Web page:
Famous births in the département: Françoise d'Aubigné, marquise de Maintenon, second wife of Louis XIV Jacques de Liniers Louis-Marcelin, marquis de Fontanes and politician Henri-Georges Clouzot, film director Laurent Cantet, Palme d'Or at the Festival de Cannes 2008, for the movie Entre les murs Catherine Breillat, film maker and novelist Jean-Hugues Anglade, actor René Caillié explorer, the first European to return alive from the town of TimbuktuFamous people related to the département: Jean-Baptiste Baujault, French sculptor Ségolène Royal, former candidate for the 2007 French presidential election, former representative of the department at the National Assembly, former President of the Poitou-Charentes region and Mi
Amanda Feilding, Countess of Wemyss and March, is an English drug policy reformer and research coordinator. In 1998 she founded the Foundation to Further Consciousness renamed to the Beckley Foundation, a charitable trust which initiates and supports neuroscientific and clinical research into the effects of psychoactive substances on the brain and cognition, she has co-authored over 50 papers published in peer-reviewed journals, according to the Foundation. The central aim of her research is to investigate new avenues of treatment for such mental illnesses as depression and addiction, as well as to explore methods of enhancing well-being and creativity. Feilding has been a proponent of exploiting the cognitive effects of cannabis since the 1960s, she has experimented with trepanning, drilling a hole into the skull to expose the dura mater, a technique used in some cultures to treat mental illness, considered by some to provide a calming effect or a higher state of consciousness. Feilding is a proponent of the use of LSD to trigger long-term improvements in creativity.
Born in 1943, Feilding is the youngest child of Basil Feilding, great-grandson of the 7th Earl of Denbigh and the Marquess of Bath, his wife and cousin, Margaret Feilding. She grew up at Beckley Park, a Tudor hunting lodge with three towers and three moats owned by her father Basil Feilding, situated on the edge of a fen outside Oxford. From an early age, Feilding was interested in states of mysticism. At 16 years old, with just £25 in her pocket, she packed her bags and embarked on a journey to Ceylon, Sri Lanka where her godfather, Bertie Moore, had become a Buddhist monk. Although she did not reach Sri Lanka, Feilding hitchhiked as far as the Syrian border, where she spent time living with Bedouins before returning to the UK. Feilding studied Comparative Religions and Mysticism with Prof. R. C. Zaehner and Classical Arabic with Prof. Albert Hourani, she concentrated on learning about altered states of consciousness, psychology and neuroscience. Feilding had her first psychedelic experience at 22 years of age, when an acquaintance spiked her coffee with a massive dose of then-legal LSD.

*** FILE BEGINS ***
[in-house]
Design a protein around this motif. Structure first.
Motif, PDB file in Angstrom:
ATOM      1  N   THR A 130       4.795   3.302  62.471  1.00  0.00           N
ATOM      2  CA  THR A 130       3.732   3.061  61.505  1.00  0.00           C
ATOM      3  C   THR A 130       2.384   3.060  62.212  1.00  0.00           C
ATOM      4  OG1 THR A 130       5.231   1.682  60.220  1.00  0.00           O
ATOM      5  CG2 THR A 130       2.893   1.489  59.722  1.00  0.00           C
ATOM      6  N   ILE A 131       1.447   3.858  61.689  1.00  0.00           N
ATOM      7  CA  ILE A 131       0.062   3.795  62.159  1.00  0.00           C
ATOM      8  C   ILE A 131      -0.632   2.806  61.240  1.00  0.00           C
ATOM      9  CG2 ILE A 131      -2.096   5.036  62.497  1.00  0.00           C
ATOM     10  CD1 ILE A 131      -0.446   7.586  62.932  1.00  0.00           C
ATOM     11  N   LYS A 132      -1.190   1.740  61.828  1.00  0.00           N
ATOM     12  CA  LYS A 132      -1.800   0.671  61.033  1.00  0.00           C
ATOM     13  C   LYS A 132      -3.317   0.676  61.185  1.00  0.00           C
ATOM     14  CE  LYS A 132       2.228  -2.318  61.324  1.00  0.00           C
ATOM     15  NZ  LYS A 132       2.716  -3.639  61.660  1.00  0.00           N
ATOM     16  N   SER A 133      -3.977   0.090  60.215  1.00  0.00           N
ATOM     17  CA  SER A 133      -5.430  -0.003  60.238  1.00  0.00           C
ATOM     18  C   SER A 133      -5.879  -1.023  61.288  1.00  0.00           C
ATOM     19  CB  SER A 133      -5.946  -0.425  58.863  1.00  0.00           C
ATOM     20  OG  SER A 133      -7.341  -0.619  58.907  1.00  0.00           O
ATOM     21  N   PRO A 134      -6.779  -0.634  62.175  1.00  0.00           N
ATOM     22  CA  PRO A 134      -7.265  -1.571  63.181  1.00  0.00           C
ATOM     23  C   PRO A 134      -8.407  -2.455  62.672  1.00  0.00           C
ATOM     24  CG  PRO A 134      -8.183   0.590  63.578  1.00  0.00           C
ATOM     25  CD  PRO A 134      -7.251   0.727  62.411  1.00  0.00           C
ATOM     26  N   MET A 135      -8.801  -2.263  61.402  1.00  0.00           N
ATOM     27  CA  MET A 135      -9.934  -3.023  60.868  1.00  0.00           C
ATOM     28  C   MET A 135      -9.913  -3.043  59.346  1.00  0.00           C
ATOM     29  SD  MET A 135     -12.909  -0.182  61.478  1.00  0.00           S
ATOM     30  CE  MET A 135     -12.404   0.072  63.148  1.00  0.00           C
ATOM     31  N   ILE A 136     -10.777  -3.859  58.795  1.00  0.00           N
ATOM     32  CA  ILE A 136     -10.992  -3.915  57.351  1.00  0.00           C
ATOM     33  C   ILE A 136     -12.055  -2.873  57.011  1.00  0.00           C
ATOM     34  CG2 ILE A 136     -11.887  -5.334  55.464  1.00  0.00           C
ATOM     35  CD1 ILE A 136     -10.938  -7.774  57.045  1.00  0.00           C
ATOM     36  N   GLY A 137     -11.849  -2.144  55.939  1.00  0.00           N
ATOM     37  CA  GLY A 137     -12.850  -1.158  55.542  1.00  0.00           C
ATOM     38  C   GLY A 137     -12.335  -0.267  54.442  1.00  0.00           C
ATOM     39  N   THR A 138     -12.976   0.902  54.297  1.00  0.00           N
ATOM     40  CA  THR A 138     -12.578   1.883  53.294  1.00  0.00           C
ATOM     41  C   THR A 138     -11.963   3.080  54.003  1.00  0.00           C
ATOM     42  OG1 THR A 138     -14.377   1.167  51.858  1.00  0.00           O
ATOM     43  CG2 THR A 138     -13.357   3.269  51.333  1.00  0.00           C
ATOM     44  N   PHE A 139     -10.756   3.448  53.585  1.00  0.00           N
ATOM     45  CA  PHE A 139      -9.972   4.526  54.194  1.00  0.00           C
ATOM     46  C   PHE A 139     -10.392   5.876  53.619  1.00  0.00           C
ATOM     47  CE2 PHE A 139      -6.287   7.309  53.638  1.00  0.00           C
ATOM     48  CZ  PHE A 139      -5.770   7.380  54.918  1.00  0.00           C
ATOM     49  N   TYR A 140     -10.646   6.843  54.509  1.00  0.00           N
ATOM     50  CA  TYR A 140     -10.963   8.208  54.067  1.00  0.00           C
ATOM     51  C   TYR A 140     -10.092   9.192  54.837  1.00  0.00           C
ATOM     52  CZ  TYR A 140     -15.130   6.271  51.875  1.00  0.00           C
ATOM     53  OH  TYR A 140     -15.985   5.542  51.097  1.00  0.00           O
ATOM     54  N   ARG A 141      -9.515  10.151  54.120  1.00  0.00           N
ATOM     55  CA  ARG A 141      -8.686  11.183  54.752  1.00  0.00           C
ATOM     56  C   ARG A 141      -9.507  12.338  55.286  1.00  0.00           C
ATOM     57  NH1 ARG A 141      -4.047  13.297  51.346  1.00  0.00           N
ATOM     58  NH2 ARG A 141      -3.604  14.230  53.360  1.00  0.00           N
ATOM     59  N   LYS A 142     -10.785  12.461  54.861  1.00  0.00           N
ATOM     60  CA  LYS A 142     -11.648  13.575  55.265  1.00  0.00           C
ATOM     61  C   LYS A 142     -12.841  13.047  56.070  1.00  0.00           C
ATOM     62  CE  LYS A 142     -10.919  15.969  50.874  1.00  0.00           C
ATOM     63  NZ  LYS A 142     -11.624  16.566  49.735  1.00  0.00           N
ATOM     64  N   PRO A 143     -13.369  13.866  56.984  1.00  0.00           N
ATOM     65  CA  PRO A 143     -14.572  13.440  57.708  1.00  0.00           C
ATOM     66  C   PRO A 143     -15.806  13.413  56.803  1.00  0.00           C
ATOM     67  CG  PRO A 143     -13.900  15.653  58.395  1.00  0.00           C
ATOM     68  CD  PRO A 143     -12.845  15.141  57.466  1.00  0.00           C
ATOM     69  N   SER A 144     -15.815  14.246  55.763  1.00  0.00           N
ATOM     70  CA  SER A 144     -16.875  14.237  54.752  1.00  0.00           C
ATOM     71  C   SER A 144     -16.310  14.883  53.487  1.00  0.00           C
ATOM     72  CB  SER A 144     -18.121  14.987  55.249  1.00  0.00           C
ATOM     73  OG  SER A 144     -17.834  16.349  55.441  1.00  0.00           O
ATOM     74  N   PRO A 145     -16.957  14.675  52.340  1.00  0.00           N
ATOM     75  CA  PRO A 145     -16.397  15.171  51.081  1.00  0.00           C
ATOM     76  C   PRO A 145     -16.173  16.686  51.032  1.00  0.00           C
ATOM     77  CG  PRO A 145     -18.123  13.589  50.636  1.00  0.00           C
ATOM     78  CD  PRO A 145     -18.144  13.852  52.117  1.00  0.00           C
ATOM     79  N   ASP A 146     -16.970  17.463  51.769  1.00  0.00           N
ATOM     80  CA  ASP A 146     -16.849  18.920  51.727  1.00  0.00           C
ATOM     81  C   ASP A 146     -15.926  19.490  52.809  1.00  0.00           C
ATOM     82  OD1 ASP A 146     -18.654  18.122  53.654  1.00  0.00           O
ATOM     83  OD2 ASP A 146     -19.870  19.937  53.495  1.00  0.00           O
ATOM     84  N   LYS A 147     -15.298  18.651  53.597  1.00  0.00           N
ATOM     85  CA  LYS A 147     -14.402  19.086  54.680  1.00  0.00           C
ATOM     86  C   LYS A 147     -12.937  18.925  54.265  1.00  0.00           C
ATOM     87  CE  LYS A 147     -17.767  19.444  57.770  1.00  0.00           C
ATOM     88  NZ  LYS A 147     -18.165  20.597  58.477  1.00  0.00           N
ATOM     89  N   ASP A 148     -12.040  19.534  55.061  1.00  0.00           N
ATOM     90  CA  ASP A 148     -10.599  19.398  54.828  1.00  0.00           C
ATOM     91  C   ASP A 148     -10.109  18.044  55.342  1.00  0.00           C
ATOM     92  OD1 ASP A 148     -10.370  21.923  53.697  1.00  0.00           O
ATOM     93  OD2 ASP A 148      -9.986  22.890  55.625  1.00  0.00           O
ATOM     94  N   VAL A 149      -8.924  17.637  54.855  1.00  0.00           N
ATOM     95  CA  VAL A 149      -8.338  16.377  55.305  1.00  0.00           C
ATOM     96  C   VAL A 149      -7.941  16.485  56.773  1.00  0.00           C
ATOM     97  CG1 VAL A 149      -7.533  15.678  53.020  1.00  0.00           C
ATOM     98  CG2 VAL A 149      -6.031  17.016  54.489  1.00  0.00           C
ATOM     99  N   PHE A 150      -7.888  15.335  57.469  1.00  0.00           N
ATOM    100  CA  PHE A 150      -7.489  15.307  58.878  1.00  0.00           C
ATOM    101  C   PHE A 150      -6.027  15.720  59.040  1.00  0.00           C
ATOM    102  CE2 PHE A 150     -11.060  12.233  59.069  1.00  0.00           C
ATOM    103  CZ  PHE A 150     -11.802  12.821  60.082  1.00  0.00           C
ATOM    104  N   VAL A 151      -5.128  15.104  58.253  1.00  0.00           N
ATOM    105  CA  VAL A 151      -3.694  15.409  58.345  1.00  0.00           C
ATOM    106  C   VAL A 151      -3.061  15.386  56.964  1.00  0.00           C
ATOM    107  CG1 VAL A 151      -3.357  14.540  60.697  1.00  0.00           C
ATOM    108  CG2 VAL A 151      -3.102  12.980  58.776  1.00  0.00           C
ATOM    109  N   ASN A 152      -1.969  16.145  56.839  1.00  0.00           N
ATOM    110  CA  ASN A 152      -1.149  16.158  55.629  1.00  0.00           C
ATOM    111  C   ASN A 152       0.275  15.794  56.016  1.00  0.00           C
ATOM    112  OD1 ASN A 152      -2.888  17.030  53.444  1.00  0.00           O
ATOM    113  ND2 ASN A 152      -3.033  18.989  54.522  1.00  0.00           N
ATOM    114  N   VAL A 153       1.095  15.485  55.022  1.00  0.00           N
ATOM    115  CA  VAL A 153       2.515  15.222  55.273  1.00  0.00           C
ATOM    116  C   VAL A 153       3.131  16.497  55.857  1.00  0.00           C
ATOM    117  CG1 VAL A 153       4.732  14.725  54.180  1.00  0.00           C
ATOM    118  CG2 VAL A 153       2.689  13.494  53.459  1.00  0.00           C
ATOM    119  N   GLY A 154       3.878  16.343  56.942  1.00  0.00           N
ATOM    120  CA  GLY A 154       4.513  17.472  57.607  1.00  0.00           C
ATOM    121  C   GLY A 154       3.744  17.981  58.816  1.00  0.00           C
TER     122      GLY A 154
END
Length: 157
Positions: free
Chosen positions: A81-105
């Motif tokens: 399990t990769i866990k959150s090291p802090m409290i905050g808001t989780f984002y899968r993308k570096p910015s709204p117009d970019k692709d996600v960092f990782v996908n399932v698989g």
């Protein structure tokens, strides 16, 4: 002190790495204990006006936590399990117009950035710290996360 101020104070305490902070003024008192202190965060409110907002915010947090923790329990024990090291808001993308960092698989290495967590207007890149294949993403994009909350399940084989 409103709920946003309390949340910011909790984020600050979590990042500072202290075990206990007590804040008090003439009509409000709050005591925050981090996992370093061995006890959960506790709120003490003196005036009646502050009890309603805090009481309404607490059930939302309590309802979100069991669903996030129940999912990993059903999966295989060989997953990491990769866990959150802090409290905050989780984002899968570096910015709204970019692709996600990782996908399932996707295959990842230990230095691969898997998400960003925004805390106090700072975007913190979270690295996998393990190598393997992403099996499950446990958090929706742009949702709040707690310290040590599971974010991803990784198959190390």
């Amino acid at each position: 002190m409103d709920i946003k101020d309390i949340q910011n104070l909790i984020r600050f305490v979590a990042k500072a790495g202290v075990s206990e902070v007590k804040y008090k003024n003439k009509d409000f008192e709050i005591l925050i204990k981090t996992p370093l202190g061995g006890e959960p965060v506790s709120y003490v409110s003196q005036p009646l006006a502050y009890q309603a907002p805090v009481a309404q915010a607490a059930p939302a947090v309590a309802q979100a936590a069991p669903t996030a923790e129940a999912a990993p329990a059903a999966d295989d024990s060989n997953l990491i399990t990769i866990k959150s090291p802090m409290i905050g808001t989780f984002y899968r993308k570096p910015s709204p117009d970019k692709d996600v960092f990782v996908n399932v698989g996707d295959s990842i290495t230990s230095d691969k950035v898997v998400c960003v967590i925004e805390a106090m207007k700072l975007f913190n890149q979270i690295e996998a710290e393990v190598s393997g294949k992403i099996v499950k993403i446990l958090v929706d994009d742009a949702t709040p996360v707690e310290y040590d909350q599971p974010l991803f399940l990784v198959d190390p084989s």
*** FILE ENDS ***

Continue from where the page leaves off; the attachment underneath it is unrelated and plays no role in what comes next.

The experience nearly broke her, she retreated to her family home for months to recover Feilding gained notoriety in 1970 when she performed trepanation on herself, with a dental drill. She made a short cult art film about the experience, entitled Heartbeat in the Brain; the 1998 documentary A Hole in the Head contains footage from Heartbeat in the Brain. Feilding began to microdose herself with LSD while she was in her 20s. A 2019 Guardian article offers this analysis: "It would be fair to say... that her credibility as an advocate has not always been helped by her storied history with self-experimentation". Trepanation was part of her exploration into the effects of different techniques to alter and enhance consciousness. During this period, she wrote Blood and Consciousness, which hypothesized that changing ratios of blood and cerebrospinal fluid underlie changes in consciousness, described the theory of the "ego" as a conditioned reflex mechanism that controls the distribution of blood in the brain.